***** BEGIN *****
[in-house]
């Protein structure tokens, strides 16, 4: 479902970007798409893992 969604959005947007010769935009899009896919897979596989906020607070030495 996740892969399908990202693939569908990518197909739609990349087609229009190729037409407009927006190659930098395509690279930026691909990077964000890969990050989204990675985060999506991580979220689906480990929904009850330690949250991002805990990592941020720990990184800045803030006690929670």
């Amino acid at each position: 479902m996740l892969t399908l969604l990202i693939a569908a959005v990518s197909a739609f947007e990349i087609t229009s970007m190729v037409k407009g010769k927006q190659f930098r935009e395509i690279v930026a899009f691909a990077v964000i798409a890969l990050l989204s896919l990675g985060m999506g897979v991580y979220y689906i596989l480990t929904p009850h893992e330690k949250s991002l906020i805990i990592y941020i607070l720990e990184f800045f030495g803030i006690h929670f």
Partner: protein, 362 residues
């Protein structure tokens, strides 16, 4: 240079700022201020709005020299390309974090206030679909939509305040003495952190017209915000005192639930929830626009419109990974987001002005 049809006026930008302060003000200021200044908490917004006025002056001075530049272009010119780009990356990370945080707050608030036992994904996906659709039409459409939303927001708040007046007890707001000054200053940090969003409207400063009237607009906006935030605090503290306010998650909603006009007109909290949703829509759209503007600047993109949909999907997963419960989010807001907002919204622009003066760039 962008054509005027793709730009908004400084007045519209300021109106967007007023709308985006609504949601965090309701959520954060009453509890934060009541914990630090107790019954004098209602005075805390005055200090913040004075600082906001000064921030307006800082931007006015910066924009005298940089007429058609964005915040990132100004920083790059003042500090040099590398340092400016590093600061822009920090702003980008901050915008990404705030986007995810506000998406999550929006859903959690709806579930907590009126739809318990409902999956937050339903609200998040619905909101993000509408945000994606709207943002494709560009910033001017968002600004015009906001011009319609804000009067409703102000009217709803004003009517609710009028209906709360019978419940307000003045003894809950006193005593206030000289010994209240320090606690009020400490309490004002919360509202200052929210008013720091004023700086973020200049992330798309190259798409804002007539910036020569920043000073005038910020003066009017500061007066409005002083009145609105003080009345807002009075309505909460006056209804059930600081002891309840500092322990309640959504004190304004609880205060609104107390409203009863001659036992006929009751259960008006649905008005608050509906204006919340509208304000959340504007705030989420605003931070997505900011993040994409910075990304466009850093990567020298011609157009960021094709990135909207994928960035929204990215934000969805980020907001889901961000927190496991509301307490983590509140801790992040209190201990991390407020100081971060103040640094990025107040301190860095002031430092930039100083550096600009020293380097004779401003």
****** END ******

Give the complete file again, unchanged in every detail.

[in-house]
């Protein structure tokens, strides 16, 4: 479902970007798409893992 969604959005947007010769935009899009896919897979596989906020607070030495 996740892969399908990202693939569908990518197909739609990349087609229009190729037409407009927006190659930098395509690279930026691909990077964000890969990050989204990675985060999506991580979220689906480990929904009850330690949250991002805990990592941020720990990184800045803030006690929670």
């Amino acid at each position: 479902m996740l892969t399908l969604l990202i693939a569908a959005v990518s197909a739609f947007e990349i087609t229009s970007m190729v037409k407009g010769k927006q190659f930098r935009e395509i690279v930026a899009f691909a990077v964000i798409a890969l990050l989204s896919l990675g985060m999506g897979v991580y979220y689906i596989l480990t929904p009850h893992e330690k949250s991002l906020i805990i990592y941020i607070l720990e990184f800045f030495g803030i006690h929670f």
Partner: protein, 362 residues
């Protein structure tokens, strides 16, 4: 240079700022201020709005020299390309974090206030679909939509305040003495952190017209915000005192639930929830626009419109990974987001002005 049809006026930008302060003000200021200044908490917004006025002056001075530049272009010119780009990356990370945080707050608030036992994904996906659709039409459409939303927001708040007046007890707001000054200053940090969003409207400063009237607009906006935030605090503290306010998650909603006009007109909290949703829509759209503007600047993109949909999907997963419960989010807001907002919204622009003066760039 962008054509005027793709730009908004400084007045519209300021109106967007007023709308985006609504949601965090309701959520954060009453509890934060009541914990630090107790019954004098209602005075805390005055200090913040004075600082906001000064921030307006800082931007006015910066924009005298940089007429058609964005915040990132100004920083790059003042500090040099590398340092400016590093600061822009920090702003980008901050915008990404705030986007995810506000998406999550929006859903959690709806579930907590009126739809318990409902999956937050339903609200998040619905909101993000509408945000994606709207943002494709560009910033001017968002600004015009906001011009319609804000009067409703102000009217709803004003009517609710009028209906709360019978419940307000003045003894809950006193005593206030000289010994209240320090606690009020400490309490004002919360509202200052929210008013720091004023700086973020200049992330798309190259798409804002007539910036020569920043000073005038910020003066009017500061007066409005002083009145609105003080009345807002009075309505909460006056209804059930600081002891309840500092322990309640959504004190304004609880205060609104107390409203009863001659036992006929009751259960008006649905008005608050509906204006919340509208304000959340504007705030989420605003931070997505900011993040994409910075990304466009850093990567020298011609157009960021094709990135909207994928960035929204990215934000969805980020907001889901961000927190496991509301307490983590509140801790992040209190201990991390407020100081971060103040640094990025107040301190860095002031430092930039100083550096600009020293380097004779401003």